Furry Nights (Movie Review)

Terror Films will be releasing a new Horror film every Friday in October on Amazon Prime for their ‘Freaky Fridays’ promotion. Friday, October 5th saw Rowdy Roddy Piper (They Live 1988) in his last on-screen appearance in The Chair. This is while on Friday, October 12th, there will be a re-release of Furry Nights.

Originally released by Writer/Director J. Zachary Thurman (35mm 2015, Love in 500 Characters 2017) in 2016, Terror Films and Cyfuno Ventures will be introducing it to various VOD platforms. What is it about? Is it a throwback to 1982’s Gremlins or 1986’s Critters where the Furries are little creatures that run amok? Or perhaps they are real animals causing trouble?

I Still See You still.

No, they are literal furries. As in people who dress up in animal costumes for fun and more. A group of teens go camping in the woods to shoot their own cheap Horror film. Whilst there, they come across a gang of furries, led by Mr Fox (‘as himself’). One of the teens (Keith Dowsett) mistakes someone in a bear costume for a real one and shoots them. Mr Fox does not like this one bit and launches a full-out assault on the teens to get revenge. Will the teens survive? Or are they done for?

Well, it is not like people have not put on animal costumes or masks in Horror before, but there are few that go for making them actual furries. In fact, this film is the first one to turn up when searching for ‘Horror films about furries’ on Google. Beyond that, it is either the 2016 Documentary Fursonas or the guy in the dog costume in 1980’s The Shining. More eagle-eyed netizens are likely to find a wider display on offer. Though, if Furry Nights is a pioneer in furry fury horror, how good is its first step? Does it run/hop/gallop off to a good start? Or should it hang up its fur suit in shame?

It is on the shorter end of feature-length flicks, running just over 1 hour and 11 minutes. It takes a pseudo-Blair Witch approach, in that it is shot partly through the teens’ camera and partly through the film’s camera. Part diegetic, part non-diegetic, so to speak. It works out rather well for a low-budget indie Horror flick too. There are some nice shots and angles on display too, notably an outsider’s-eye view of one of the furries in a cabin.

I Still See You still.

The editing could have been better though, as there are some sequences that do not flow so well. Like an actor’s eyeline not quite being on level with what they are supposed to be seeing. Or the teens noticing something, saying what it is, reacting, and then cutting to the something and what it is doing. It seems like it is teasing its threat, but if that was the case, outright stating what it is kind of dilutes the effect.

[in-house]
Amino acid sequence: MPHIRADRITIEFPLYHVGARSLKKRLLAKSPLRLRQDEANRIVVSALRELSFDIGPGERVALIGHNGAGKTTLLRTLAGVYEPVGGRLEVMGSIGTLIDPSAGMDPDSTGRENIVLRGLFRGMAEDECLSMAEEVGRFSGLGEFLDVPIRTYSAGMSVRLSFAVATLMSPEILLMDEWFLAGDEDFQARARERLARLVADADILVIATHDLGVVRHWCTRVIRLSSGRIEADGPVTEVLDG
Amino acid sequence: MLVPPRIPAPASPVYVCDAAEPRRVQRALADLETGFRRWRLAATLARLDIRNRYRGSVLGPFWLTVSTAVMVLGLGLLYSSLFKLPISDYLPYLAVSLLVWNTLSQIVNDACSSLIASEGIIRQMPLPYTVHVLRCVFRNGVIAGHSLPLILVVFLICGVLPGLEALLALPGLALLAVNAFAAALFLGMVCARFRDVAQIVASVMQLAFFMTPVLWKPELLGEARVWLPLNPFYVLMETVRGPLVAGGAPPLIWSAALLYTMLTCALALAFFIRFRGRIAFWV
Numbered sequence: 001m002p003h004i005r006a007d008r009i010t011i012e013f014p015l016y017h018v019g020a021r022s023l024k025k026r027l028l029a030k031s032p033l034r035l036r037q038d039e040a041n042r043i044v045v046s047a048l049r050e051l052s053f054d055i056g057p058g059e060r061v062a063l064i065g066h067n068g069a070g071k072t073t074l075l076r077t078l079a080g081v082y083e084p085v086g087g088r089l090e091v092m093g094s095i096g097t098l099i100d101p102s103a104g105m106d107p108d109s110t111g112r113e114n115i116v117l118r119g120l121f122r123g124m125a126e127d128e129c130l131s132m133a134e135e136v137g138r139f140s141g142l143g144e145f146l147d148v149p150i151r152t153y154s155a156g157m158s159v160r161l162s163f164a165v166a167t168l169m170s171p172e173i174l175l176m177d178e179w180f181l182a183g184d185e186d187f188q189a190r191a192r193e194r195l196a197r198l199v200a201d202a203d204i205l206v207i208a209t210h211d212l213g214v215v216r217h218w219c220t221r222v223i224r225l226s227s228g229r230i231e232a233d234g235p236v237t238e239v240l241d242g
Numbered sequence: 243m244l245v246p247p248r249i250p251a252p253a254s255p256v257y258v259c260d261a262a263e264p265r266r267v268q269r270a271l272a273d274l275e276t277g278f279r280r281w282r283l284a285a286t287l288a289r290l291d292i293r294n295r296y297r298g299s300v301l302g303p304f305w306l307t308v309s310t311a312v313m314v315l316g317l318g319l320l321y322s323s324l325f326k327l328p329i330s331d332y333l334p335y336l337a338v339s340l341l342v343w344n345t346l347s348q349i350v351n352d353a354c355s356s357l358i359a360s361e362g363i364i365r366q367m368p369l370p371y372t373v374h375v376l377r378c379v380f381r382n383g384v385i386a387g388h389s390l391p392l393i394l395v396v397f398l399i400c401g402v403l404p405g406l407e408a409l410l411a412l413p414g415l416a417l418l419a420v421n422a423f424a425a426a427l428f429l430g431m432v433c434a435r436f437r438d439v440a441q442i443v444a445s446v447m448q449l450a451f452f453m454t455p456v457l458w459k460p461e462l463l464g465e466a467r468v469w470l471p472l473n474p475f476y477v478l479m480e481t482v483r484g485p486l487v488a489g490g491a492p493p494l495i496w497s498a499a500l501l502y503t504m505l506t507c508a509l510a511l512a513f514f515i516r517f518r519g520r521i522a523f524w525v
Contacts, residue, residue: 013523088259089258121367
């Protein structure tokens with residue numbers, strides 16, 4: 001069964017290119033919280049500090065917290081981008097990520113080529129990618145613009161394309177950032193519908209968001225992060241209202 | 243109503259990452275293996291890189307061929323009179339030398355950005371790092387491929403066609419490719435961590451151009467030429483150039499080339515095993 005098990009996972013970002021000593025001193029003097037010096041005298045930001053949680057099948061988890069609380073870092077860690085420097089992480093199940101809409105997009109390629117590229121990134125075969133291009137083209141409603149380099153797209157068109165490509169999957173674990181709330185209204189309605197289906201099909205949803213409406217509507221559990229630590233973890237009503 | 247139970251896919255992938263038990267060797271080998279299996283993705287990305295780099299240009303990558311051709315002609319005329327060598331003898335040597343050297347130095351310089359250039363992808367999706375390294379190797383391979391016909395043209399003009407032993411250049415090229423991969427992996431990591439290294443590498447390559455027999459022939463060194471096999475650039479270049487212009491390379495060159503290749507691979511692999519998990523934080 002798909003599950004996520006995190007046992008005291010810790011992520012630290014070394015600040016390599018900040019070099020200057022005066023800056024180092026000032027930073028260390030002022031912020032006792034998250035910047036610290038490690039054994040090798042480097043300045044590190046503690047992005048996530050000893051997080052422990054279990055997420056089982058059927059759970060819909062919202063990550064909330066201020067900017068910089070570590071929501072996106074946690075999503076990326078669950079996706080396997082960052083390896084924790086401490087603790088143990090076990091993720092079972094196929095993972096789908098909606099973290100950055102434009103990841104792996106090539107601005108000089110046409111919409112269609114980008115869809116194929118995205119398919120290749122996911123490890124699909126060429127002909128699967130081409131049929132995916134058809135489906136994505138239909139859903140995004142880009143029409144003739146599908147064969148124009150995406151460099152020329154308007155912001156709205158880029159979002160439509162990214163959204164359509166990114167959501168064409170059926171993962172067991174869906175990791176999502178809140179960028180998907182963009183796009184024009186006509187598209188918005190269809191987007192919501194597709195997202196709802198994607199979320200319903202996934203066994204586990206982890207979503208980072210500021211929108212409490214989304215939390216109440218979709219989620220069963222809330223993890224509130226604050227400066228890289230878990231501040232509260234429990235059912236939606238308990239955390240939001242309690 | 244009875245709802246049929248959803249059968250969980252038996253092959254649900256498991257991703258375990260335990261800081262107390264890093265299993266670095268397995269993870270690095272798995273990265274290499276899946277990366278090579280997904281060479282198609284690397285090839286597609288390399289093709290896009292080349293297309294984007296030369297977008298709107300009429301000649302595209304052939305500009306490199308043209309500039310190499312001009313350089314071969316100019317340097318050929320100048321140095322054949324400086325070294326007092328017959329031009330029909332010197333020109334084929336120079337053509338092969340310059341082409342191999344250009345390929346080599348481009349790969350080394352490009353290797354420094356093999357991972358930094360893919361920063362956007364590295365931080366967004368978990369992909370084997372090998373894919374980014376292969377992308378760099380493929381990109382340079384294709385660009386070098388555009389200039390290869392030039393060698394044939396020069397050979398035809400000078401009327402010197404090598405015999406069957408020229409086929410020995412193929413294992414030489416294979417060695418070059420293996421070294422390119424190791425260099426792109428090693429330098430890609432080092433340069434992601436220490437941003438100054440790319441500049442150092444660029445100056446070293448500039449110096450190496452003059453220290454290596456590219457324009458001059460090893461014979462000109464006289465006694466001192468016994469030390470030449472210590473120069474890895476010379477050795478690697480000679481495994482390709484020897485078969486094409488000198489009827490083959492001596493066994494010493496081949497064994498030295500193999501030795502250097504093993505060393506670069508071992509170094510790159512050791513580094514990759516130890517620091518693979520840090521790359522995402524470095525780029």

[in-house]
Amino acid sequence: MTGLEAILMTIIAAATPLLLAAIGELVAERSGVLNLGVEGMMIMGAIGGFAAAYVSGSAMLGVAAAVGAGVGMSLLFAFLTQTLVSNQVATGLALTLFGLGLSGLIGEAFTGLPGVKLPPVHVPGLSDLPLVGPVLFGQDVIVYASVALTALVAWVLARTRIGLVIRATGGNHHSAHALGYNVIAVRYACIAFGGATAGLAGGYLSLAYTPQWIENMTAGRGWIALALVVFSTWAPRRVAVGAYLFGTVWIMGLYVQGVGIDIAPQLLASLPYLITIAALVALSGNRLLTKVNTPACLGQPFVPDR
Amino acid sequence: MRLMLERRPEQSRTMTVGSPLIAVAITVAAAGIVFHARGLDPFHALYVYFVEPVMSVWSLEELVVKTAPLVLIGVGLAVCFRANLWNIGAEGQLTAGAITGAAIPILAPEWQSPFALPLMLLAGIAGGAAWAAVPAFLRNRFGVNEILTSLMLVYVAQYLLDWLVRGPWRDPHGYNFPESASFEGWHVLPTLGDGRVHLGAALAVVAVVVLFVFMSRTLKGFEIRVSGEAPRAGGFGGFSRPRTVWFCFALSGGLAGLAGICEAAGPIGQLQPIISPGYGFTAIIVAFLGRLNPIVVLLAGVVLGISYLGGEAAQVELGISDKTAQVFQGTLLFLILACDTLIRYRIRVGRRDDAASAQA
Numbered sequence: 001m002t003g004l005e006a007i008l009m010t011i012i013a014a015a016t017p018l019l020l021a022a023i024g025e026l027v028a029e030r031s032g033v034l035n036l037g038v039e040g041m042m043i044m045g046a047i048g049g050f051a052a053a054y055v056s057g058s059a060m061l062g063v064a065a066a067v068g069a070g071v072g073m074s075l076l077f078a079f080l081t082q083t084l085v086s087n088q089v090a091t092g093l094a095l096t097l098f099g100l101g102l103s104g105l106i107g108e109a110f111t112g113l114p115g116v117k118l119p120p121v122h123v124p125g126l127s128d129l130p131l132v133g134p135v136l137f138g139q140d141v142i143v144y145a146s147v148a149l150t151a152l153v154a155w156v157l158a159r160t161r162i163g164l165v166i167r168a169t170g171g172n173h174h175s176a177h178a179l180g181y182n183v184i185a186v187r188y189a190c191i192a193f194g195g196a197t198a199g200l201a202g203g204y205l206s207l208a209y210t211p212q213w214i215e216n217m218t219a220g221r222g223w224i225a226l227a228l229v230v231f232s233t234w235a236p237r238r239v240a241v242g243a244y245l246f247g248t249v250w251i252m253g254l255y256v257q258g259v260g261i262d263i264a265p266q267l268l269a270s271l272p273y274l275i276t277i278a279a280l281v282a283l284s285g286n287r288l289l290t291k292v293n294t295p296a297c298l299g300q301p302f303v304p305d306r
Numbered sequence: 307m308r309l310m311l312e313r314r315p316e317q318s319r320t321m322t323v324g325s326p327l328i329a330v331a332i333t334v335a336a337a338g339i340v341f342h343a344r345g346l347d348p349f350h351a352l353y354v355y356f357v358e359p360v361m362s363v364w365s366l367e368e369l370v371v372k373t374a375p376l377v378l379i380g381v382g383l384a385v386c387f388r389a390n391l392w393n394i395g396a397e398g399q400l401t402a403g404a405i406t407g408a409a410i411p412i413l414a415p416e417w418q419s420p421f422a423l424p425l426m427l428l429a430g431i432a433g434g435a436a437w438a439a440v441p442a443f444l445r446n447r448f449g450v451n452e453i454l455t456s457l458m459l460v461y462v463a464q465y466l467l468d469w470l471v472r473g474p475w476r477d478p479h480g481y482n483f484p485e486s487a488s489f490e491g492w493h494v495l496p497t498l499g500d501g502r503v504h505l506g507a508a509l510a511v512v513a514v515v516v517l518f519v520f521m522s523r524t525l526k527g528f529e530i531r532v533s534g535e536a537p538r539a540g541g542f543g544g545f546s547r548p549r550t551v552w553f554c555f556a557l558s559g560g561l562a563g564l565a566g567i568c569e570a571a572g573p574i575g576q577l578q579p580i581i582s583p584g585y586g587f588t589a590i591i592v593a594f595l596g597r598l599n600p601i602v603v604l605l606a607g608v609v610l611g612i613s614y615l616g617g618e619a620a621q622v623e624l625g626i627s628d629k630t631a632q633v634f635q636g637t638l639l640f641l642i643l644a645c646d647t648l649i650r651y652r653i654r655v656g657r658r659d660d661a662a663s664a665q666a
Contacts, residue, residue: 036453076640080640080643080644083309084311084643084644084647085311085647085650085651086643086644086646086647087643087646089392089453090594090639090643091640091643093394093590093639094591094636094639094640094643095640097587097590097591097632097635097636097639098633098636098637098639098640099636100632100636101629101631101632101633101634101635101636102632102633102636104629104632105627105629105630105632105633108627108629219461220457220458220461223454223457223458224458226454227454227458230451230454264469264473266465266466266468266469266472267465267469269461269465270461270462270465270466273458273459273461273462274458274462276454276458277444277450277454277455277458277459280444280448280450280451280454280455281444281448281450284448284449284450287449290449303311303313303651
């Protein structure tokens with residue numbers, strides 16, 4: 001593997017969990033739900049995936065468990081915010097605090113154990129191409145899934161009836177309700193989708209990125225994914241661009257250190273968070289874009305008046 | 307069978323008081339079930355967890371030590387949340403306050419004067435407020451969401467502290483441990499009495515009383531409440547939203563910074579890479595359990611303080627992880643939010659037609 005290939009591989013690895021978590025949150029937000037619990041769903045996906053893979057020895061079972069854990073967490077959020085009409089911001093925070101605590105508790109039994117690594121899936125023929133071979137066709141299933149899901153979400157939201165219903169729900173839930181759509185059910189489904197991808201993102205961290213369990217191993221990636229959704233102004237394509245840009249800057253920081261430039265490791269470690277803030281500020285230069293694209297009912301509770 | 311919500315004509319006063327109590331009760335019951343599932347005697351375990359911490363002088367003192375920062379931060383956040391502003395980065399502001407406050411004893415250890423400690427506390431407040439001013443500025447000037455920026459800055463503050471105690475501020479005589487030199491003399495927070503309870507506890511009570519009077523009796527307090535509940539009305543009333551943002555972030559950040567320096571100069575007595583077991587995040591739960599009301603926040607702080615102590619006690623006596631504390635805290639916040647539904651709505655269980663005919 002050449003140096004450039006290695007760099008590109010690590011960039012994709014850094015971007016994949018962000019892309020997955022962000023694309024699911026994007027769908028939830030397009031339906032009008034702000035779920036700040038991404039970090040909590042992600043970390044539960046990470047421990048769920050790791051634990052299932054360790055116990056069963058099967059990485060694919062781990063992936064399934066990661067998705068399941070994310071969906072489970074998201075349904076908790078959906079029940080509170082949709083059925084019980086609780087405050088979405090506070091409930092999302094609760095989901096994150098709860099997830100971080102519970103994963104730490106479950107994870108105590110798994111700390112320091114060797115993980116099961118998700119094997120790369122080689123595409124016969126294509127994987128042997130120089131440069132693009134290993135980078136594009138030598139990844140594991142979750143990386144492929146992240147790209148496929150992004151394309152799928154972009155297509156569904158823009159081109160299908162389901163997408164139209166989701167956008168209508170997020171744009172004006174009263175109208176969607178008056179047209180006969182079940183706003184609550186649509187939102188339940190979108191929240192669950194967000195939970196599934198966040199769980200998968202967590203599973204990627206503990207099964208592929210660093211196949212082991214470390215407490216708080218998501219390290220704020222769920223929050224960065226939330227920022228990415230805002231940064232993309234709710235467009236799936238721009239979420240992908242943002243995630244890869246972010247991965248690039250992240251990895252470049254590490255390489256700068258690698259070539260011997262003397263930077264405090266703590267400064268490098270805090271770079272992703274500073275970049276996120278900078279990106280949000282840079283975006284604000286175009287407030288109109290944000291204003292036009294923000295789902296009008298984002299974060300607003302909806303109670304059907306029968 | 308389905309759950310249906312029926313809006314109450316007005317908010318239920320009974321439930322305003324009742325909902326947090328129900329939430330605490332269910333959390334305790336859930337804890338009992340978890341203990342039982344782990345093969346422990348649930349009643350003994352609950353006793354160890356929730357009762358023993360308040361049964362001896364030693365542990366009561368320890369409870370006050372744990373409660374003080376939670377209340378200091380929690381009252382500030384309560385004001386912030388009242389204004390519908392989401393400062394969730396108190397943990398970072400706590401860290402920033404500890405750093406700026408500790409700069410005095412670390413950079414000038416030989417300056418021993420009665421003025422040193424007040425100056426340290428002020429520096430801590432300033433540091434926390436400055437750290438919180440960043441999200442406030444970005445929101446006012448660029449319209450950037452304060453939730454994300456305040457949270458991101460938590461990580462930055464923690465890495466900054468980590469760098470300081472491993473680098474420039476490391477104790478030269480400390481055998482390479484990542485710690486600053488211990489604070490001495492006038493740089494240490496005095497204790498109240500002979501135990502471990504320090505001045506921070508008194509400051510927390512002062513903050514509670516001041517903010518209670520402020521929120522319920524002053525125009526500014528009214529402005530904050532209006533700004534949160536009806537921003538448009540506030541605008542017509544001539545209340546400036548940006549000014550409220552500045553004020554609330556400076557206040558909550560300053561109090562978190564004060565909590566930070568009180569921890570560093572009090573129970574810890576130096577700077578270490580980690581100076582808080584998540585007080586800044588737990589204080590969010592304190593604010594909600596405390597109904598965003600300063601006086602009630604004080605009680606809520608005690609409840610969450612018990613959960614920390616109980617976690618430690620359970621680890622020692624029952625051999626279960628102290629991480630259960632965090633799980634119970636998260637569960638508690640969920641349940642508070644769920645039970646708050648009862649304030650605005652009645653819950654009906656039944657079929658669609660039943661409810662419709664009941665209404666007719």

The acting is a mixed bag of quality. The cast do better when they are talking and playing about. Playing scared tests their limits, particularly when they have to work with some clunky lines. Yet, it works out better than some of its budget Horror rivals when taken overall. Though the best delivery comes more from the sound design than the lines. The sound mixing is not that great. However, the way the film builds up to its scares with the furries’ woodland chattering works out well on screen. It is an effective, if familiar, technique.

Though this might be the big bugbear for more experienced Horror fans. The teens-in-woodland-trouble sub-genre is well-trodden ground. The scenes and scares are likely to come off as familiar than freaky. There is little character-building beyond the synopsis, so there is little meat to the story. It just is what it is; victims far from home served up to a threat. Only the threat consists of people in animal costumes than mutated freaks or masked killers. The film shakes things up by throwing in some dark humor here and there – like why calling 911 does not help the gang. It makes the film more uneven as it swings between silly and scary, but it does make it more entertaining too.

I Still See You still.

This sums up Furry Nights altogether as well. It has some fine camerawork, sound design, and lighting going on. Yet, its acting and editing range from coarse to fine. The scares are standard, and capable of some chills. Though, its silly scenes are more likely to stick in the audience’s heads than the brutal ones. People expecting something more serious, either in premise or fear factor, are not going to find much here. Though if one is looking for some dumb fun, Furry Nights could make a good starter. So, by tallying up its pro’s, cons, and appeal, CrypticRock gives Furry Nights 3 out of 5 stars.

Terror Films

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